Brandon Busteed

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The second edition of a survey which measures how college inputs affect outputs later in life focuses on whether college costs change a person’s life.

The Gallup-Purdue Index asked 30,000 college graduates this year whether they thought what they paid for school was worth it.

WBAA’s Stan Jastrzebski sat down with Gallup’s education polling head Brandon Busteed to talk about how he designs the survey, and how Purdue officials -- some of whom want to push back against student loans -- affect what questions are asked.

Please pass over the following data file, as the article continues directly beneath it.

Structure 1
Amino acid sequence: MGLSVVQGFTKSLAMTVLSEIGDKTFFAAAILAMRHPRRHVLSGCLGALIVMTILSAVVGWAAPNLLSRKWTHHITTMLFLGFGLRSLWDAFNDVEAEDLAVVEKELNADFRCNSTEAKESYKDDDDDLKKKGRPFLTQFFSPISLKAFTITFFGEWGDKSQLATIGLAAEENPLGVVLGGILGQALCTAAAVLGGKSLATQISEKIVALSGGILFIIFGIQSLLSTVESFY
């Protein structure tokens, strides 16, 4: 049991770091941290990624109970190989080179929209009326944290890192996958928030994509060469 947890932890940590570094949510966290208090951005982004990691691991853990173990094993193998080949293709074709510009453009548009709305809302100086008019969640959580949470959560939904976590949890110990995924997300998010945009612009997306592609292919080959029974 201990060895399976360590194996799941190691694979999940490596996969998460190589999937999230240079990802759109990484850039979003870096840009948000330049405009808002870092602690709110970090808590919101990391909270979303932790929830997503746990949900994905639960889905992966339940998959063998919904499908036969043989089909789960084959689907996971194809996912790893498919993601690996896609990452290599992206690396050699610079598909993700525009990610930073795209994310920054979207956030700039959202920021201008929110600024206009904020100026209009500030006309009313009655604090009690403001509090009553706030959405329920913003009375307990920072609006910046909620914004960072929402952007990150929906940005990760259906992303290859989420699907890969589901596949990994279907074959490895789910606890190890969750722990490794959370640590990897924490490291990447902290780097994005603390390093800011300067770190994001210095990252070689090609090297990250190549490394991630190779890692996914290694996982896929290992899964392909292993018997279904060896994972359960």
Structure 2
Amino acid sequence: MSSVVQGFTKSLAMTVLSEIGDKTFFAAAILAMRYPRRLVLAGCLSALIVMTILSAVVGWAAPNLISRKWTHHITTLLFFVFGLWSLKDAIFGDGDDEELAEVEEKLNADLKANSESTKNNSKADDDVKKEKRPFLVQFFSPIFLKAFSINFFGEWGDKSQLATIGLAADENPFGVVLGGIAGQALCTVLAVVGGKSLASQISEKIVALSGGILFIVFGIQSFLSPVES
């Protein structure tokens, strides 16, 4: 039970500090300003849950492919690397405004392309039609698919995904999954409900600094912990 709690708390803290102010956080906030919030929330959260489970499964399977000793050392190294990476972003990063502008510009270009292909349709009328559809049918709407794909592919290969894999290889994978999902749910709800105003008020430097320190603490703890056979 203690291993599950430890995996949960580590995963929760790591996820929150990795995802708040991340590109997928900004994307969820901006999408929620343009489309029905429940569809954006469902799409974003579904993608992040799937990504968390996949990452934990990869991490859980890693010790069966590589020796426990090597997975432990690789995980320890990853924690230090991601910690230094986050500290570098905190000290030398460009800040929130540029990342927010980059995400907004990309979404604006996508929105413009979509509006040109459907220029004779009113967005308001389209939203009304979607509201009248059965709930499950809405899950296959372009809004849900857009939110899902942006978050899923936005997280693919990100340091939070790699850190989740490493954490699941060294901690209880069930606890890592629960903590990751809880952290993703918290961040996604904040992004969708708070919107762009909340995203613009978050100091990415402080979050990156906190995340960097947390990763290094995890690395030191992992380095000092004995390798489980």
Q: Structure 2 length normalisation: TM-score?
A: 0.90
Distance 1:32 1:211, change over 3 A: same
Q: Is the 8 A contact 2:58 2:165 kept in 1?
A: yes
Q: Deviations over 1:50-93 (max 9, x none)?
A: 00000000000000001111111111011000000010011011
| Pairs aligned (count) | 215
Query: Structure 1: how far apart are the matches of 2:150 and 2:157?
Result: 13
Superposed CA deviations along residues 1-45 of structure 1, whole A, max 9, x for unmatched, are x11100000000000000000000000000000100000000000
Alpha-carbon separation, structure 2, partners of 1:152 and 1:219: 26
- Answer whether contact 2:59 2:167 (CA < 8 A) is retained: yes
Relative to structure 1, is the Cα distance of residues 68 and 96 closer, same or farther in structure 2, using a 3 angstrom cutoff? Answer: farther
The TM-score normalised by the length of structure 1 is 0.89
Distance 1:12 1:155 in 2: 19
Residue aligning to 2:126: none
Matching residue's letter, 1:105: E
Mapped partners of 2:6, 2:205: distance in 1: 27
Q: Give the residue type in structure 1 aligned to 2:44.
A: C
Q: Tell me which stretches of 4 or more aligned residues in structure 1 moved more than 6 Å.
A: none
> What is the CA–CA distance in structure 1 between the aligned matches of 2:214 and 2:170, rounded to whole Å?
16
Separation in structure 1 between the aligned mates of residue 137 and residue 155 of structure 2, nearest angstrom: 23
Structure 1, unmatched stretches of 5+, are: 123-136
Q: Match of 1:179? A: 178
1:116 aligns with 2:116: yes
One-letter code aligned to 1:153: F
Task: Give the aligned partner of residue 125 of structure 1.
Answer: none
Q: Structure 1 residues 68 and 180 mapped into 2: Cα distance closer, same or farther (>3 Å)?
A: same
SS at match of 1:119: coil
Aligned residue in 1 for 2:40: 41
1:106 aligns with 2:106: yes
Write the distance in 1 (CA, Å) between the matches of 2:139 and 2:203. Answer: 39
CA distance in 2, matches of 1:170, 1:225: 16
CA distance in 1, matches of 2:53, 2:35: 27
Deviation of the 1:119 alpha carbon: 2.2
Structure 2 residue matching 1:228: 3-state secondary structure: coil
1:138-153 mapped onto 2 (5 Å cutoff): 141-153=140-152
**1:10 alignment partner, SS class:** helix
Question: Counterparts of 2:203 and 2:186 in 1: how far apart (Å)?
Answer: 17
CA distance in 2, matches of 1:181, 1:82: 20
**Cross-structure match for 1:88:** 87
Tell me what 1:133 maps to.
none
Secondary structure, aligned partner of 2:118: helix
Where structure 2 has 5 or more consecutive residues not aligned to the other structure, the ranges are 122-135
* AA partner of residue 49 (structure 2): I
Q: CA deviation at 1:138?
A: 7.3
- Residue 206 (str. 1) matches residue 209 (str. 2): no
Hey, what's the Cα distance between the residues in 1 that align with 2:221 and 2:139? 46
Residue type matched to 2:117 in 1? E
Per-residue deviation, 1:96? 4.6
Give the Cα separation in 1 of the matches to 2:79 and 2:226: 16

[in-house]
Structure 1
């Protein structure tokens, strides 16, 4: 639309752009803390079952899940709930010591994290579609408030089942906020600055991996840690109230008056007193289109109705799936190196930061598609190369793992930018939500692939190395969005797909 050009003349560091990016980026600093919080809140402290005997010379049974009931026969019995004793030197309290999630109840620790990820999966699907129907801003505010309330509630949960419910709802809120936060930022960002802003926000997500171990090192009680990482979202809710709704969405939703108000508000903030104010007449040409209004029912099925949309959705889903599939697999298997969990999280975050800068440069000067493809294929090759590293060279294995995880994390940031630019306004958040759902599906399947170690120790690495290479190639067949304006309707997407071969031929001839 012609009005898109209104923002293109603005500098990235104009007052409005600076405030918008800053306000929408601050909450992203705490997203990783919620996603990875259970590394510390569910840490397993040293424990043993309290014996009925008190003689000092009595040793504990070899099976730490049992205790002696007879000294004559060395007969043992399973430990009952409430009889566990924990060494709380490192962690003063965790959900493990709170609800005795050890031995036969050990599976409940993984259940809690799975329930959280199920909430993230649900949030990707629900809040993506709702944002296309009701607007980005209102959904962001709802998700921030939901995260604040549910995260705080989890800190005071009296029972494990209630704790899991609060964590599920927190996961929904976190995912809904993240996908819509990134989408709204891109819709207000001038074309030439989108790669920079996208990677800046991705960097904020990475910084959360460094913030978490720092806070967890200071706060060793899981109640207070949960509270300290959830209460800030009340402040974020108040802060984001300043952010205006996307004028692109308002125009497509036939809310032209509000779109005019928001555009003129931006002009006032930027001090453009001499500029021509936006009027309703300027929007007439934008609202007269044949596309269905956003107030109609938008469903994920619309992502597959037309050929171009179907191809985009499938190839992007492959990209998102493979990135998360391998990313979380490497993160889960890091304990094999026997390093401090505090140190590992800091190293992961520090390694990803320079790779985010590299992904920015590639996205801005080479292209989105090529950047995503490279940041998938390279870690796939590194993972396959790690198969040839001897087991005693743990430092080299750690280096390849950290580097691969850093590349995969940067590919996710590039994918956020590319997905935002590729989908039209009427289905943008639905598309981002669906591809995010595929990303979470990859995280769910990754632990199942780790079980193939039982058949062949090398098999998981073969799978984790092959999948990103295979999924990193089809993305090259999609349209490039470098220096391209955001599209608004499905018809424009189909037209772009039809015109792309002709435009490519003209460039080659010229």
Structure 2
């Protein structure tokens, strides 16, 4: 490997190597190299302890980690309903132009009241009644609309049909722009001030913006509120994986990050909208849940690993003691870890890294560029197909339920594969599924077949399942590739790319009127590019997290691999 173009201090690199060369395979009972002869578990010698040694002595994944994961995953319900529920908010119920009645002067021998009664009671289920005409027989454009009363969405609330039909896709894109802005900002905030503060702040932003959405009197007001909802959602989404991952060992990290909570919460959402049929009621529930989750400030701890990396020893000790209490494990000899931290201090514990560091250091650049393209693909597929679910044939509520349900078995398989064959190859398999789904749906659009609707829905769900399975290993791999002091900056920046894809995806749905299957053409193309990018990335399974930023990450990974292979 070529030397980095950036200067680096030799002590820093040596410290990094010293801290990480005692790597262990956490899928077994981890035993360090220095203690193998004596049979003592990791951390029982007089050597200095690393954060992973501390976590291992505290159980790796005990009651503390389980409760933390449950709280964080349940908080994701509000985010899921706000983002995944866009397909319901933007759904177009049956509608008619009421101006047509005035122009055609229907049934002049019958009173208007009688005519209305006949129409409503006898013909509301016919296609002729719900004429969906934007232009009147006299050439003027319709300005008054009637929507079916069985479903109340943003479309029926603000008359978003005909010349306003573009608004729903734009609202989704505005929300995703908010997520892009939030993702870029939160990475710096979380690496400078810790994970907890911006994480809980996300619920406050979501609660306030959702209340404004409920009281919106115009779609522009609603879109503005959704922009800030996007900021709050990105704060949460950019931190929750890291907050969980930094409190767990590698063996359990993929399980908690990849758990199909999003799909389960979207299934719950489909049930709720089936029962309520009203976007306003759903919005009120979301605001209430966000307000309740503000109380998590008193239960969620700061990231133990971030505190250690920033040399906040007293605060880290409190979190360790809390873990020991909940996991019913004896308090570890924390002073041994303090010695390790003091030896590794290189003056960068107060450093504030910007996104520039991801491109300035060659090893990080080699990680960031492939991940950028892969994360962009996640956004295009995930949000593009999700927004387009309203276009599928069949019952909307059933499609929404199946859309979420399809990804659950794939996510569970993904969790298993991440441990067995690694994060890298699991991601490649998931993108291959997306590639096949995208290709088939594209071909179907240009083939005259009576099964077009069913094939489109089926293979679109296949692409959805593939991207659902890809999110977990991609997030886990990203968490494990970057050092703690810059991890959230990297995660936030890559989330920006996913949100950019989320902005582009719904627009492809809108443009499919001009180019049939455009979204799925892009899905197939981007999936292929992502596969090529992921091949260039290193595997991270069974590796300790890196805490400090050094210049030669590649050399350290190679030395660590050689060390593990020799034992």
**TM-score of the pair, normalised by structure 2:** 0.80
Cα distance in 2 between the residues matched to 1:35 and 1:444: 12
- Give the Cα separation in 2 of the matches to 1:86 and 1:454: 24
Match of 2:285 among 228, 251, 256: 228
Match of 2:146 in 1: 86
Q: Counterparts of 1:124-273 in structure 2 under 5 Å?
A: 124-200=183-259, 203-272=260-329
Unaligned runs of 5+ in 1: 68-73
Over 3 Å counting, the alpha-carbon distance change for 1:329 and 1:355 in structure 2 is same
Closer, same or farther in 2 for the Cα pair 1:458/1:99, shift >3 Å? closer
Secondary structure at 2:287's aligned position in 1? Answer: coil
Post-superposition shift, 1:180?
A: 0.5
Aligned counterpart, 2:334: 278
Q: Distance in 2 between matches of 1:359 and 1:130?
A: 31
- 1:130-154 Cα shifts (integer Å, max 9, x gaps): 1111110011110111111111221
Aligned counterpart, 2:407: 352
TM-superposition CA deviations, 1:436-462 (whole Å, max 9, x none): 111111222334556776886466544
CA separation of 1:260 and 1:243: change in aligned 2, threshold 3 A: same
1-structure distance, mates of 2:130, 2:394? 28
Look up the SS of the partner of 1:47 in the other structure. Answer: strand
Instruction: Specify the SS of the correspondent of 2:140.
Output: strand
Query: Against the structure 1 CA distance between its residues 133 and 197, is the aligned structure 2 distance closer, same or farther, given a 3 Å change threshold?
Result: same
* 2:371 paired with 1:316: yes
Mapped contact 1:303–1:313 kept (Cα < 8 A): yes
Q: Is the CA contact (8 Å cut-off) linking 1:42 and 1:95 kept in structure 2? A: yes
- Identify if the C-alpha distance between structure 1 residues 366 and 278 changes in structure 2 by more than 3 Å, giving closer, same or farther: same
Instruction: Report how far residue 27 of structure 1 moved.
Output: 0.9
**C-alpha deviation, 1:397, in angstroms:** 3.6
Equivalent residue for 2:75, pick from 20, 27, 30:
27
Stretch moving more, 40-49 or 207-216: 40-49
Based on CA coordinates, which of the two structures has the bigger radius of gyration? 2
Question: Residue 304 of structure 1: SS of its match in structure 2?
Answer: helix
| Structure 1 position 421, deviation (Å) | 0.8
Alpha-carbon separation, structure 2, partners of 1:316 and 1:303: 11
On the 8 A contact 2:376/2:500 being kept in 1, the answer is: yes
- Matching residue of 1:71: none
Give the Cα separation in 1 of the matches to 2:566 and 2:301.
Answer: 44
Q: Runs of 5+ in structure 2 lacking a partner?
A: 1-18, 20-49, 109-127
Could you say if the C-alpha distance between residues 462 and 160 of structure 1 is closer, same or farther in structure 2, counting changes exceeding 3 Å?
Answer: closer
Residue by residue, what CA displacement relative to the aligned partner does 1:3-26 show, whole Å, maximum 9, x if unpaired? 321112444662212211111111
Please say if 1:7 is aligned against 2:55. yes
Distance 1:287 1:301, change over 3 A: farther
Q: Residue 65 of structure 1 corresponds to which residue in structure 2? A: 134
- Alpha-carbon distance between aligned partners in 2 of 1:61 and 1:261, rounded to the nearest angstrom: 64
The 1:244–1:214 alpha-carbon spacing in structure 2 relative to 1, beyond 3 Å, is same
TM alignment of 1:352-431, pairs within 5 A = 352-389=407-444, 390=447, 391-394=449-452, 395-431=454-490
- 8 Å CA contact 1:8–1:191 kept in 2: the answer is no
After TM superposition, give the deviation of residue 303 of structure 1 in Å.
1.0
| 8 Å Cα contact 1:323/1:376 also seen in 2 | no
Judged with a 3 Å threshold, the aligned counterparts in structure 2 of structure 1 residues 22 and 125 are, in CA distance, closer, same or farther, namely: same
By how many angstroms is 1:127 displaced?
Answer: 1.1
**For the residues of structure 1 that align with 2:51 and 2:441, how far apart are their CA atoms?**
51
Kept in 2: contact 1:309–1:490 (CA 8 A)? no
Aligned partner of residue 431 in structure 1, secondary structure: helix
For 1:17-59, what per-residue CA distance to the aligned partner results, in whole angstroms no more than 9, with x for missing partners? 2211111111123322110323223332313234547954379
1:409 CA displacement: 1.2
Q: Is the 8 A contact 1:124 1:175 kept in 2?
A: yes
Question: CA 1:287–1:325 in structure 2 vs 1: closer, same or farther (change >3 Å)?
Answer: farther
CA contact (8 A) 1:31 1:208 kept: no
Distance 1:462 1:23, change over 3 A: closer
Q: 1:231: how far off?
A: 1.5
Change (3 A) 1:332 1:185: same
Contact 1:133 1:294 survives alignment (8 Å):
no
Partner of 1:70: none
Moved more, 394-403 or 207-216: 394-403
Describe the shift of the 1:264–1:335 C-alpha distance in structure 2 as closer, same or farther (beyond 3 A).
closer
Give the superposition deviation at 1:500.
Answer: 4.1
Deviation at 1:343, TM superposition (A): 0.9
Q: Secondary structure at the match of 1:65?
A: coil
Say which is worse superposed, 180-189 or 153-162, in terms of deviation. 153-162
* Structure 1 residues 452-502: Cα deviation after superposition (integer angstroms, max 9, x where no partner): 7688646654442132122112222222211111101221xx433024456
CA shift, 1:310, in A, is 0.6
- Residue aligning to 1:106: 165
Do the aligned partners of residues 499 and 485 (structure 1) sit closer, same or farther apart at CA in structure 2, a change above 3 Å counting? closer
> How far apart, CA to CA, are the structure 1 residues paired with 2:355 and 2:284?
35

Keith Cooper / https://www.flickr.com/photos/cooperweb/8363160192

Even though the average American student racks up $35,000 in college loan debt, the vast majority believe it’s worth it.

That’s the key finding among the 30,000 college grads polled in this year’s Gallup-Purdue Index.

More than three of every four grads agree or strongly agree their college’s cost did not outstrip the value of a diploma later in life.

Brandon Busteed, who lead’s Gallup’s education polling, says he’s surprised only 50-percent strongly agree with that.